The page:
DETROIT (AP). More than 33,000,000 people in the United States drive vehicles with airbag inflators, which in rare cases may explode and spew shrapnel in an accident. Few people know this. They are unlikely to learn about it anytime soon due to a dispute between federal regulators and ARC Automotive, a manufacturer of airbag parts. The National Highway Traffic Safety Administration has demanded that ARC Automotive, of Knoxville in Tennessee, recall 67,000,000 inflators. These could explode so violently that they can blow apart a metal container and release shrapnel. But ARC refuses to comply, setting up a potential court battle with the agency.

AP-NORC survey: Most respondents support raising the debt limit and reducing deficits, but only a few closely follow the debate.

WASHINGTON, D.C. (AP) - A new survey finds that the majority of Americans are very concerned about the impact on the economy if the debt ceiling is not increased and the government cannot pay its debts. According to a study by The Associated Press and the NORC Center for Public Affairs Research, this is what most Americans think. Six in ten adults in the poll said they wanted any increase in debt limits to be accompanied by agreed-upon conditions for reducing the deficit in the federal budget. Americans are also more likely to disapprove of the way President Joe Biden, and congressional negotiators from both parties, are handling negotiations.

Kia and Hyundai settle a class-action suit after a spate of thefts caused by a security flaw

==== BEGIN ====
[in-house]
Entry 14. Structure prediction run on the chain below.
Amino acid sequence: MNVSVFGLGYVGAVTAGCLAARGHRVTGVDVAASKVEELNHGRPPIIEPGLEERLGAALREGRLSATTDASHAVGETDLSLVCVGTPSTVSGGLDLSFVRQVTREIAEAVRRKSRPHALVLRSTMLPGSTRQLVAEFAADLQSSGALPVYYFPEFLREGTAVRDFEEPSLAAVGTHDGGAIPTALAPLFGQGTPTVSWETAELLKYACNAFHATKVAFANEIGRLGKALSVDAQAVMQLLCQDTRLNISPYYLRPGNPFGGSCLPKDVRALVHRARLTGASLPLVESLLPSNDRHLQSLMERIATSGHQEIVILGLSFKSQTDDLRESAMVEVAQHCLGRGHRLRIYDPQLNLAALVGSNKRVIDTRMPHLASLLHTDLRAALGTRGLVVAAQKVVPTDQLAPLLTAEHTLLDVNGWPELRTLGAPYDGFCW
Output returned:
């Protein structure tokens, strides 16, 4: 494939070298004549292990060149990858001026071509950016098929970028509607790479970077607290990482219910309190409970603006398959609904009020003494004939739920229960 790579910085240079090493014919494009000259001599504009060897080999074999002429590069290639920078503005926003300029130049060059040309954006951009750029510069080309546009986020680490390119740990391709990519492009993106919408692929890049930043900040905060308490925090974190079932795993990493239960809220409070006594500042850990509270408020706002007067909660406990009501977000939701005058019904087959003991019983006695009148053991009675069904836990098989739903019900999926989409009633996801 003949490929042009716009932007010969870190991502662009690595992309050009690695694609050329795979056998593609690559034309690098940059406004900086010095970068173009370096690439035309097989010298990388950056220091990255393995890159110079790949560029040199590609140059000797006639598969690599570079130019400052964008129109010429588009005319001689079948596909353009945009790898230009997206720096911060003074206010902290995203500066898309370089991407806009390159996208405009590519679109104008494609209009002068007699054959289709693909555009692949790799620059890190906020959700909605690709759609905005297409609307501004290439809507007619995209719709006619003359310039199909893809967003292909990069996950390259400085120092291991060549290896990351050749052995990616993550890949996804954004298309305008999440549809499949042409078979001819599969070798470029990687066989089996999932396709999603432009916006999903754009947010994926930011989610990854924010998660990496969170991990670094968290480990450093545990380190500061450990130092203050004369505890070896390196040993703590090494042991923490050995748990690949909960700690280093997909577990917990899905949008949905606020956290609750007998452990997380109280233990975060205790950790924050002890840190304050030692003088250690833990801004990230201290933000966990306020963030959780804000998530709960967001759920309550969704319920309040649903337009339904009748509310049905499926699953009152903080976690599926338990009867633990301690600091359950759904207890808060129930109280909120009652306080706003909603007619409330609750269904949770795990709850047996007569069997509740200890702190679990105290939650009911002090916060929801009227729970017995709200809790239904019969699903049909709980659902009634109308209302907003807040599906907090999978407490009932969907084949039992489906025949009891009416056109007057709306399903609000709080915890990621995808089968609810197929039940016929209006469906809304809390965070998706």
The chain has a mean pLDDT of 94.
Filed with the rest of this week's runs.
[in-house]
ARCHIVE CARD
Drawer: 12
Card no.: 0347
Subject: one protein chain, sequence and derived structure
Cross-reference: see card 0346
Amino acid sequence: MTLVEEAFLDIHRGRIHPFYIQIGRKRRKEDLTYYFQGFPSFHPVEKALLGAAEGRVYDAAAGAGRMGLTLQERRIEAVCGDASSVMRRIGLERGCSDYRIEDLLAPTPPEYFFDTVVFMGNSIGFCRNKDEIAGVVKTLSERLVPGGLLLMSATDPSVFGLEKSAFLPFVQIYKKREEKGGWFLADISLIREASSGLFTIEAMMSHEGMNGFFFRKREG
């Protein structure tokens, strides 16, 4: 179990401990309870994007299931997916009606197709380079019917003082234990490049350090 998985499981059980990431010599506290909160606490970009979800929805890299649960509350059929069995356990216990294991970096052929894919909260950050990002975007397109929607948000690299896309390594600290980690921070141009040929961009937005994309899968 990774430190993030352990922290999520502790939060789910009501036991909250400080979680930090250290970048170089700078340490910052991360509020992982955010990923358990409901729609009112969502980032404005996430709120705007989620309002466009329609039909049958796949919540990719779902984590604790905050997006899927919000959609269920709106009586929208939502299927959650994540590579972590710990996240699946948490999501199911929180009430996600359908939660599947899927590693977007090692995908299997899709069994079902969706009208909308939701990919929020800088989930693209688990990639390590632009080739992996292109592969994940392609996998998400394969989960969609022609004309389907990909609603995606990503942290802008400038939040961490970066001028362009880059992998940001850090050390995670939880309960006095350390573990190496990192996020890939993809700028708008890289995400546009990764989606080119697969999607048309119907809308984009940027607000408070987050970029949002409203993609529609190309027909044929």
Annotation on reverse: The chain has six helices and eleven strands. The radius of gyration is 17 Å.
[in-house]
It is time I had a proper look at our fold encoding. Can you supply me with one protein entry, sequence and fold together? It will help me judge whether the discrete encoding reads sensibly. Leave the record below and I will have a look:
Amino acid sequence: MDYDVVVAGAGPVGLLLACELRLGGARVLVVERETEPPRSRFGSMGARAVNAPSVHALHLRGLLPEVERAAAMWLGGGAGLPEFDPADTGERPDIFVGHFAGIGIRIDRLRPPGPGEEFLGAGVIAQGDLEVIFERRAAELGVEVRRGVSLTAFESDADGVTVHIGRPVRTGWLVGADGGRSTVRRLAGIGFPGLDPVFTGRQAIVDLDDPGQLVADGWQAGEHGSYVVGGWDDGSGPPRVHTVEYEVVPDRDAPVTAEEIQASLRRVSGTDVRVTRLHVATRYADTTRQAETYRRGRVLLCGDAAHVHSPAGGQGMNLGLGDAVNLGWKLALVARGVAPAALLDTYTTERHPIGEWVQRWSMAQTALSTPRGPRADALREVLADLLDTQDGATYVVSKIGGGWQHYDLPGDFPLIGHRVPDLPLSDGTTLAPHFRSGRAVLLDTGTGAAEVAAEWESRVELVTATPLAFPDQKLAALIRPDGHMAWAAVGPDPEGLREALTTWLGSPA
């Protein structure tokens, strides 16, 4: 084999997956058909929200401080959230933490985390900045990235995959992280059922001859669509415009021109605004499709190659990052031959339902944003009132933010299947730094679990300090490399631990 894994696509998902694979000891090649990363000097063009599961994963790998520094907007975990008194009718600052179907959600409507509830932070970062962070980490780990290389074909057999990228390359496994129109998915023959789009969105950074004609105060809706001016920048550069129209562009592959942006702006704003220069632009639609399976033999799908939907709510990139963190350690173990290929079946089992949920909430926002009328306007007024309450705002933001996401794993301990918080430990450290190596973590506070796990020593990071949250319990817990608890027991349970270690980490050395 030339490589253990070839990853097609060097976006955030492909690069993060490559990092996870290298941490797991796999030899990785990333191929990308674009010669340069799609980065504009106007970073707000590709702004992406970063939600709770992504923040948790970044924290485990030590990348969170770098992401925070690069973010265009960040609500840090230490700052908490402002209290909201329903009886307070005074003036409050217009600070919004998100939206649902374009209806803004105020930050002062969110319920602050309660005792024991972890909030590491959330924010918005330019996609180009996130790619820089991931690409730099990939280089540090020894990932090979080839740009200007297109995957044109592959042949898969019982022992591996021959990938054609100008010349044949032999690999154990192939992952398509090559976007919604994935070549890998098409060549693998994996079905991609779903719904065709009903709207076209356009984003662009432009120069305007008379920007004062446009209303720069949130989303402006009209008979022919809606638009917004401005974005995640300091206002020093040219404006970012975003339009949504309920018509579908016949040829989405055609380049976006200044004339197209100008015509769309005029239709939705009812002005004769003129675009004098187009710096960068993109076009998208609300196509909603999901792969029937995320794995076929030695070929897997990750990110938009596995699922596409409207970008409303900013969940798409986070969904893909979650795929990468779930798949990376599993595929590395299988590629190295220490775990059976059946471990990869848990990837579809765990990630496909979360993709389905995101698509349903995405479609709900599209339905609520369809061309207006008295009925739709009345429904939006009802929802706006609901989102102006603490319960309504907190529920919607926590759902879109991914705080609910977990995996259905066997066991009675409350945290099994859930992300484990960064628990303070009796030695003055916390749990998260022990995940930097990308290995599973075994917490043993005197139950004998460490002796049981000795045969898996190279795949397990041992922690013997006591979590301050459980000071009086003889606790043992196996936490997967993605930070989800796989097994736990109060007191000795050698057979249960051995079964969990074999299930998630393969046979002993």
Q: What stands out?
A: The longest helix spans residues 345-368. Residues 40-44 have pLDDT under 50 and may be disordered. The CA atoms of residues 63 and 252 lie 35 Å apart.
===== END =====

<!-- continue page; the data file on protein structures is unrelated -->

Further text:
WASHINGTON, D.C. (AP) - Hyundai Motor America and Kia America have settled a class action lawsuit triggered by a spike in vehicle thefts. The settlement, which could reach $200 million in value and cover about 9 million Hyundai and Kia models from 2011-2022 in the U.S., is estimated by the companies. These cars do not have push-button starters or anti-theft immobilizing devices. This has made it easy for thieves to steal the cars using only a USB cable and a screwdriver. The total settlement will be determined by how many customers take part.

Montana's first law to ban the app TikTok has led to a lawsuit by TikTok creators.

(AP) - Five TikTok creators filed a suit to stop a ban of the video sharing application in Montana. In a complaint filed on Wednesday in Missoula federal court, they argued that the law violated their right to free speech. Also, they claim that the state has no authority in matters of national safety. The Republican Governor Greg Gianforte, who signed the bill Wednesday, said that it would protect Montanans' personal data and private information from being harvested and used by the Chinese government. The ban will take effect Jan. 1, 2024.

Disney World's "Star Wars: Galactic Starcruiser" hotel will close

LAKE BUENA VISTA (AP) - Disney World's Star Wars: Galactic Starcruiser hotel will be closing its doors at the end September. The Florida hotel opened in March of 2022, and allows guests to create and live immersive 'Star Wars adventures. The cost of a two-night trip is nearly $5,000 for couples. The company claims that its 'premium boutique experience' allowed it to test new things in a smaller setting. It will use what it learned to create future experiences for more guests and fans.

The S&P500 fell 6.07 points or 0.1% to 4,191.98. The Dow Jones Industrial Average dropped 109.28 or 0.3% to 33,426.63. The Nasdaq Composite fell 30.94 or 0.2%, to 12,657.90. Russell 2000, an index of smaller companies, fell 11.14 points or 0.6% to 1,773.72.